When darkness and despair are the first two options on the menu for your country, followed by austerity and depression as the plat de jour proposals, nothing is more appropriate than to assemble a crowd of light seekers and path finders. In this sense, it is a testimony to the seriousness of the national economic, financial, and even political situation of Lebanon—and to the immense reservoir of smart and educated brains in the country—that proposals for this country’s betterment have been proliferating not only in form of thawra protests and public sentiments on the street, but also in more structured and tractable outpourings. The drafting of emergency economic rescue plans has become something of a national sport in Beirut intellectual and business circles as of late.
The Economic Roadmap 3.0 at the heart of this issue of Executive is one such effort. However, the Executive economic roadmap project differs from other recent proposals in that, compared to drafts that have entered into circulation in the past two months, the magazine’s project has had a head start of over 18 months from its first written draft, and of exactly one year from publication of its version 1.0 in the 2018 Facts and Forecasts issue.
It is also not a monoculture effort in the sense of representing just one economic school or narrow way of thinking found in many proposals circulated in the fourth quarter of 2019. This is a notable characteristic when one contemplates the current wave of ideologically front-loaded socioeconomic propositions in Lebanon and elsewhere, whether these approaches were voiced in a spirit of globally financialized neoliberalism (that in the past decade has been met with some acerbic assessments and not only among heterodox economists or austerity-regime critics in countries like Greece) or a post-Keynesianism that has been on the rise in some academic circles (and most recently reflected in the developments of labor-oriented political parties in countries like the UK and Germany).
A collaborative effort
But the most important distinction of the Executive Economic Roadmap in the Lebanese context is rooted in the fact that this entire project is designed for and driven by participatory passion and broad consultative collaboration. It is not an exercise that has been undertaken under any external financial dependency or in response to a political commissioning. Moreover, it has not limited its horizon politically or socioeconomically by exclusively pursuing inquiries with presumed elites and narrow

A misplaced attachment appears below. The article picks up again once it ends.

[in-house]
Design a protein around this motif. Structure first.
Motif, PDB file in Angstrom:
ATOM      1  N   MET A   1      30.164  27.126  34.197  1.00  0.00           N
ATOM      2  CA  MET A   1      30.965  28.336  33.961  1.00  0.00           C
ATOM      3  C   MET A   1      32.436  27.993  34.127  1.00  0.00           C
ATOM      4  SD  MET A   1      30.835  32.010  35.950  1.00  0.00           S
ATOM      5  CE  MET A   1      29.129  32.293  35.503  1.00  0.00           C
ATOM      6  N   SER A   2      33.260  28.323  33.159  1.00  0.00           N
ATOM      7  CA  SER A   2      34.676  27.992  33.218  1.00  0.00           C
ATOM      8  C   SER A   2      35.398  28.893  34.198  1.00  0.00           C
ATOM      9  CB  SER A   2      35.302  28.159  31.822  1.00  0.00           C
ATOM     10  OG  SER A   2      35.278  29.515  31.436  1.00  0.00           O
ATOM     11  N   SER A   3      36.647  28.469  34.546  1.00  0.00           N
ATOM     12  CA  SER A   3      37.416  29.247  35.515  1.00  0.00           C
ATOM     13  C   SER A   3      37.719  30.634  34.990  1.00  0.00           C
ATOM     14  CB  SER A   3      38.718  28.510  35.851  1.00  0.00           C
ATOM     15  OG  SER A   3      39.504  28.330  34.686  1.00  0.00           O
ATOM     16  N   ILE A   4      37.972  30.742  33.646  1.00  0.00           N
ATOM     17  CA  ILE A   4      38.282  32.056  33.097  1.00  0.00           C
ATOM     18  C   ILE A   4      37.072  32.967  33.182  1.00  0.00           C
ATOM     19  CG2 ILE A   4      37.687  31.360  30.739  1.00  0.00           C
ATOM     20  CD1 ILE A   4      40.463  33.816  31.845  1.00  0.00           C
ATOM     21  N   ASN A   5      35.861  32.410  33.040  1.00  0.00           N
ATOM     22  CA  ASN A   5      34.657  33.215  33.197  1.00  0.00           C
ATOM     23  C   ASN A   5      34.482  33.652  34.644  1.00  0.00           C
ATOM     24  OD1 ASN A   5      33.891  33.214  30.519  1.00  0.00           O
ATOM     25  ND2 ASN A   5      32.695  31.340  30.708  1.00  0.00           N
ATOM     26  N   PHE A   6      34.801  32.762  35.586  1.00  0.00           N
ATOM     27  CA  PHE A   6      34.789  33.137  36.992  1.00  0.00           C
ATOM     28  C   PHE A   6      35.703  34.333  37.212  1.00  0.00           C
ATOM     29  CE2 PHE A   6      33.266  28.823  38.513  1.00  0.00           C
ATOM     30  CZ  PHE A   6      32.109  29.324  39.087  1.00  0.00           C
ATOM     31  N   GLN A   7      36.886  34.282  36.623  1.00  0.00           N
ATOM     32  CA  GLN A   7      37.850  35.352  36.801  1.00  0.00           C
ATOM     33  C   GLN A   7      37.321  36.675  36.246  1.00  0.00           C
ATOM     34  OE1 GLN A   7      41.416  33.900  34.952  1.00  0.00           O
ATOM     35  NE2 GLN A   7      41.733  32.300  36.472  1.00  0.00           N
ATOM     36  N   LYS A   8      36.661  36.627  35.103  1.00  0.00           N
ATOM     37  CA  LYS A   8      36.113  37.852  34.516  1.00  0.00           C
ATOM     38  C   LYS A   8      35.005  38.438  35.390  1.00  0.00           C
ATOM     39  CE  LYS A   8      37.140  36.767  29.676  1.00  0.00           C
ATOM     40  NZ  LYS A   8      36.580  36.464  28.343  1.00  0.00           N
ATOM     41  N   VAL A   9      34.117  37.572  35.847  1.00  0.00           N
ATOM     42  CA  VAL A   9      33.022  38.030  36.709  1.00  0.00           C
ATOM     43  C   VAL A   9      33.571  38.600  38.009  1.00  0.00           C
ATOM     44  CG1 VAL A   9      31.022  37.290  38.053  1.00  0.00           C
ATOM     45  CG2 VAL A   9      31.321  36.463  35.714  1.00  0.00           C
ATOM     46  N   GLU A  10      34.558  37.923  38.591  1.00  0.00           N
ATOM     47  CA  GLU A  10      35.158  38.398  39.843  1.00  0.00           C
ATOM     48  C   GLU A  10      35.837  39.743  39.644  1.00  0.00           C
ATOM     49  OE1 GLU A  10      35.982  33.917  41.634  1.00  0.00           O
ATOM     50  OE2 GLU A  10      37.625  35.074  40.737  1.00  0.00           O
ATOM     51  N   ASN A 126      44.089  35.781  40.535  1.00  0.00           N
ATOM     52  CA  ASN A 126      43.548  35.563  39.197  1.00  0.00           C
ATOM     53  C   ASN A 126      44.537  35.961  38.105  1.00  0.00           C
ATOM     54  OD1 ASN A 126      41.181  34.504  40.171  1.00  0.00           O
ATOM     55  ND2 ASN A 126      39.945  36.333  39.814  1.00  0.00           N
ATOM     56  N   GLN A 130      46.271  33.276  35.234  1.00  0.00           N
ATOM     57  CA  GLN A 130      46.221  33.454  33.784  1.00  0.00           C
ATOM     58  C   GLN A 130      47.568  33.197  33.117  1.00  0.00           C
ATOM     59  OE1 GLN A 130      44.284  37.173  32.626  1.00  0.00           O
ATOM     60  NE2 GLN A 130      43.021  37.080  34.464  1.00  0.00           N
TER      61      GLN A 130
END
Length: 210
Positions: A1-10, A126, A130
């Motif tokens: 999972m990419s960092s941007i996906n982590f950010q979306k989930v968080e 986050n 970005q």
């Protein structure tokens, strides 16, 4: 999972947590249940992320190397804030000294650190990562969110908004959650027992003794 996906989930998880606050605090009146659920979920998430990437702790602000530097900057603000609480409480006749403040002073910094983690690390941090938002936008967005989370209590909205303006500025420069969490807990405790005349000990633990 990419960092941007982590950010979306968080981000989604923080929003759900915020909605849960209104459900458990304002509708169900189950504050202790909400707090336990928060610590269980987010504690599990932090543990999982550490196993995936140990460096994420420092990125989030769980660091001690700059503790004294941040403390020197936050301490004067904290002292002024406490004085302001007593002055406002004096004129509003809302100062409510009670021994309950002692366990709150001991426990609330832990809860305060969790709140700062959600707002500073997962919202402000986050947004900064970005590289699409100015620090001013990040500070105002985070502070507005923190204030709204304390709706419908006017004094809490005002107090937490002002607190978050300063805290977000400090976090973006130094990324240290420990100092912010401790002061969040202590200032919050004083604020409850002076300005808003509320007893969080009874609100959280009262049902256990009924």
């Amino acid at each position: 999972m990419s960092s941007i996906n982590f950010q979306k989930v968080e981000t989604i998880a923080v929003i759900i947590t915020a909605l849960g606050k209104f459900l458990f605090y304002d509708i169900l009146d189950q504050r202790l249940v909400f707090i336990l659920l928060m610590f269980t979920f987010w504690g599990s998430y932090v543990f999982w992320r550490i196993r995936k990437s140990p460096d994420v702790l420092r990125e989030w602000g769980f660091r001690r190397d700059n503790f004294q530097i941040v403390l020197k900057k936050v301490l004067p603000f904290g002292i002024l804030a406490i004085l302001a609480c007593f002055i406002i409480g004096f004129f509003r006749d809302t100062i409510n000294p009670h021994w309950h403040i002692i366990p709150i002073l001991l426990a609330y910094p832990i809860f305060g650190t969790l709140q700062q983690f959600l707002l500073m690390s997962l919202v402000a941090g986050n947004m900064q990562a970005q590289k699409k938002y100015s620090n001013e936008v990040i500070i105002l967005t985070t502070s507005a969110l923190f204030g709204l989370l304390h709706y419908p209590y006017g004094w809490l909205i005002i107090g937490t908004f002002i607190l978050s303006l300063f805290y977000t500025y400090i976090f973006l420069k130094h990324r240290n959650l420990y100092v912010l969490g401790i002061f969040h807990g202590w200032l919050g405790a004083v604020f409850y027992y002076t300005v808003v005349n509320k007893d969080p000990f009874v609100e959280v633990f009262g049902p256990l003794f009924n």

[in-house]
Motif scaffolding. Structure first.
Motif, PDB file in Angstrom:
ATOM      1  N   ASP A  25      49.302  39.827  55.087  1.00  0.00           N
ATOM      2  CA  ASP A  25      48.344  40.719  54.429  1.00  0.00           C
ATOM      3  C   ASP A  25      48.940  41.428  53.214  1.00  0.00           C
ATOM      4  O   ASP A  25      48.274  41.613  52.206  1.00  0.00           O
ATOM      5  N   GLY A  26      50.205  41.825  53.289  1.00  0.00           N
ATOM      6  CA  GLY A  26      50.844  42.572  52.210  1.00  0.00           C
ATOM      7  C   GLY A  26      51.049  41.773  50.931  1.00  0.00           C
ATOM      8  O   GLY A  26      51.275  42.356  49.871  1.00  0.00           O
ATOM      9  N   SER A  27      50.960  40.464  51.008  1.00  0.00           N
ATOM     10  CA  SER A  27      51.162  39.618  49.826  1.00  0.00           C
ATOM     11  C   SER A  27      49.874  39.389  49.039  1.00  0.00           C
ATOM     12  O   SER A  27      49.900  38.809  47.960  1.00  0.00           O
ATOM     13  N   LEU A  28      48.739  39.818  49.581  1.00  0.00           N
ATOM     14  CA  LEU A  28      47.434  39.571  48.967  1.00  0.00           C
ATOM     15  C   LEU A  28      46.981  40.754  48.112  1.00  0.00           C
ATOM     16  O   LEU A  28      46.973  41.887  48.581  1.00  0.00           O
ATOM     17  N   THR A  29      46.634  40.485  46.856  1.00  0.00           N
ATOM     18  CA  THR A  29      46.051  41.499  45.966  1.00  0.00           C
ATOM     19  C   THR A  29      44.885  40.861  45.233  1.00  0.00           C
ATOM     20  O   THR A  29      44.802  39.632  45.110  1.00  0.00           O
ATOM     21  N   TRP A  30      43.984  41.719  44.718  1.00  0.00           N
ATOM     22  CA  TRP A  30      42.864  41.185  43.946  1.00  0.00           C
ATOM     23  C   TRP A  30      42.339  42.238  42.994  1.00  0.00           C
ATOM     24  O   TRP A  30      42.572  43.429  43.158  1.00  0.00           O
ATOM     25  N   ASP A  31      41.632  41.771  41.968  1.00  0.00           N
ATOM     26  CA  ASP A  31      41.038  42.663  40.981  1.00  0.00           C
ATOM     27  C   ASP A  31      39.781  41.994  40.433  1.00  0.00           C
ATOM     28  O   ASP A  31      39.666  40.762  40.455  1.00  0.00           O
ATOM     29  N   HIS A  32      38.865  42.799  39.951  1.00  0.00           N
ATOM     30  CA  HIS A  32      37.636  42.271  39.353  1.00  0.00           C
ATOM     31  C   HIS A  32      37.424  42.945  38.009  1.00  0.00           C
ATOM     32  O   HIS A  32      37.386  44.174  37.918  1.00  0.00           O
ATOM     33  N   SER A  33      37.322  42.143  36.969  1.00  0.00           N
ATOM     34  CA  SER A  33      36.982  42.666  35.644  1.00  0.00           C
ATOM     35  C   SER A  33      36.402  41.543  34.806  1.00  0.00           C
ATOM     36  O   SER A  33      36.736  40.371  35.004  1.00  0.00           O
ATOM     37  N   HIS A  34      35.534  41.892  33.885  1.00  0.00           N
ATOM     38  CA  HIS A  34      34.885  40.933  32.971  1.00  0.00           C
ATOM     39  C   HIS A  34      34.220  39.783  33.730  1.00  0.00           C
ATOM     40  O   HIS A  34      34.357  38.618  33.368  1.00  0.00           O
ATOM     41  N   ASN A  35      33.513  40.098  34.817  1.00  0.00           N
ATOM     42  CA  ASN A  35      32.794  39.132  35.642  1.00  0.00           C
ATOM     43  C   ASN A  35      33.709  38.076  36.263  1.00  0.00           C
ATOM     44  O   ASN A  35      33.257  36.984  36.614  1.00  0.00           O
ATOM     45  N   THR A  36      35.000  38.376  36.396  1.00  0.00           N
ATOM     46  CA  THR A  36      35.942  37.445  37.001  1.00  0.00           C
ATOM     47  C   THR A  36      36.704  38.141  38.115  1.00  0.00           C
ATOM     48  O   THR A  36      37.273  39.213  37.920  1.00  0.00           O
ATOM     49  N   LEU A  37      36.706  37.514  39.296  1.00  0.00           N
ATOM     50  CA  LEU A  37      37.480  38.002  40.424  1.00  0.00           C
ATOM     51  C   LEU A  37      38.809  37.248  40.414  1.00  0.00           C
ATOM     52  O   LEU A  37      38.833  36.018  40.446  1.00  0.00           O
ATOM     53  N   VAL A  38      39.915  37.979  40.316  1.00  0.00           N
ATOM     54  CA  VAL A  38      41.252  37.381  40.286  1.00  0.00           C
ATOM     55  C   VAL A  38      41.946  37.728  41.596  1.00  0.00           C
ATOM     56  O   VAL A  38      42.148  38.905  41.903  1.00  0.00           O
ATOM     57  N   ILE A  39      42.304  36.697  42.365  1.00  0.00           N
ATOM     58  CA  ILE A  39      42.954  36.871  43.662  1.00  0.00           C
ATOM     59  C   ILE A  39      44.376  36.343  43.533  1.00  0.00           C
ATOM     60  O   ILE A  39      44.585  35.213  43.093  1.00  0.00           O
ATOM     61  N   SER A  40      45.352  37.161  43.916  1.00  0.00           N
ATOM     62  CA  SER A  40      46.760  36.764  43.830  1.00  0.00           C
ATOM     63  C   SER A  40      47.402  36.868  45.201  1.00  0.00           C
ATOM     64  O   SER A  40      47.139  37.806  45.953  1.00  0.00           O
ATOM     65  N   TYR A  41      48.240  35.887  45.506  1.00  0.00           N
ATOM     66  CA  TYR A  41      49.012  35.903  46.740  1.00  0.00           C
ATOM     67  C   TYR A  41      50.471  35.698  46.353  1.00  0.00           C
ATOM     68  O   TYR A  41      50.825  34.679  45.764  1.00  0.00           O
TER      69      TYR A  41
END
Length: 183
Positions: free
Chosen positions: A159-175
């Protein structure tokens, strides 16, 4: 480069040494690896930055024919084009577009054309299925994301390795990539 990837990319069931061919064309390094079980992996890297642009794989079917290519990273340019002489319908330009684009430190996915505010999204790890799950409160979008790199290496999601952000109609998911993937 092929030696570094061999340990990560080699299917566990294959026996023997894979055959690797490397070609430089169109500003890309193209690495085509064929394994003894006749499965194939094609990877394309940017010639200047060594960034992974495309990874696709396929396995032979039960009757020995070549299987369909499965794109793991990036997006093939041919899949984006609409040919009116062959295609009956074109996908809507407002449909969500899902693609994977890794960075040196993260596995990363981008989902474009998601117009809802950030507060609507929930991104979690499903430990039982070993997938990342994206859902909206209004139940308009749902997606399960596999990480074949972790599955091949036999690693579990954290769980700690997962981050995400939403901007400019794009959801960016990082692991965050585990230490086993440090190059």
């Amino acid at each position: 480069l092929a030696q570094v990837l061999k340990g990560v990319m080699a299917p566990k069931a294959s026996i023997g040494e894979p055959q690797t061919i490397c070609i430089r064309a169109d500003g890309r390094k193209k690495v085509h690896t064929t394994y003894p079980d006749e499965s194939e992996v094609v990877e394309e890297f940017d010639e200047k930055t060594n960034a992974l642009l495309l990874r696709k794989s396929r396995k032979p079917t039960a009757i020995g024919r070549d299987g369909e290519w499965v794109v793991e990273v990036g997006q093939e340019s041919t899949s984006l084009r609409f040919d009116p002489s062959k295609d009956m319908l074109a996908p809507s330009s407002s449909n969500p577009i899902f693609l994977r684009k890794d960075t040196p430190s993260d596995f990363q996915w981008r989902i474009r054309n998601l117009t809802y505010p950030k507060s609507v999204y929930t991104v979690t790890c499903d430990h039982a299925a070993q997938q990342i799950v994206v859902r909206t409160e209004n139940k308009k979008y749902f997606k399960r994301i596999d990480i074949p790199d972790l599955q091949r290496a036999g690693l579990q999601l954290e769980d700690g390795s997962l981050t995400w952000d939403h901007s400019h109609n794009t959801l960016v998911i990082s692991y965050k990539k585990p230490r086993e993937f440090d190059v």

In that vein, when the need to draft version 3.0 became clear—version 2.0 was released in February this year following consultations across the country with civil society stakeholders on the original Economic Roadmap—given the monumental economic and societal shifts that we have witnessed in Lebanon in the final few months of 2019, Executive decided to host a series of roundtable discussions in mid-November.
These discussions, which in the end comprised six roundtables held over November 18 – 21 at Le Gray, in Downtown Beirut, covered the following topics: corruption, entrepreneurship, education, labor, women’s empowerment, access to information, taxation, fiscal policy, and, arguably most importantly, Lebanon’s current financial reality.
Executive’s team spent a stressful two weeks trying to turn this last minute roundtable initiative into a reality, contacting over 150 individuals across varied sectors and internally creating the topics and questions to be discussed at each roundtable. In the end, around 50 individuals—economists, academics from private and public institutions, entrepreneurs, and a diverse range of civil society actors—came together to discuss issues vital to the future of the Lebanese political economy.
These roundtable discussions were held under Chatham House rules—meaning that while the individuals present at each roundtable are listed as contributors to our Economic Roadmap 3.0, both the roadmap and our coverage in this issue of Executive refrain from attributing ideas or quotes to any individual persons.
In conclusion of the November 2019 roundtables, it can be stated with confidence that, although a starting point for any possible journey toward economic rescue and revival from the present and still increasing misery has to be a competent and at least marginally accepted government, the way forward has its brightest outlook in holding recurrent discussions among stakeholders in the economy. Technical knowledge is required as a pillar in any such discussion—with taxation, fiscal, monetary, and political economy deliberations tending to the highest requirement of expertise—but based on the experience of the six Executive roundtables any future discussion rounds would actually be most productive if built on three pillars: the technical knowledge pillar and two equally important non-technical pillars, trust and commitment to Lebanon’s betterment being the first, and wide stakeholder diversity on many axes—meaning not just gender balance, but also age and professional and life experience—being the second.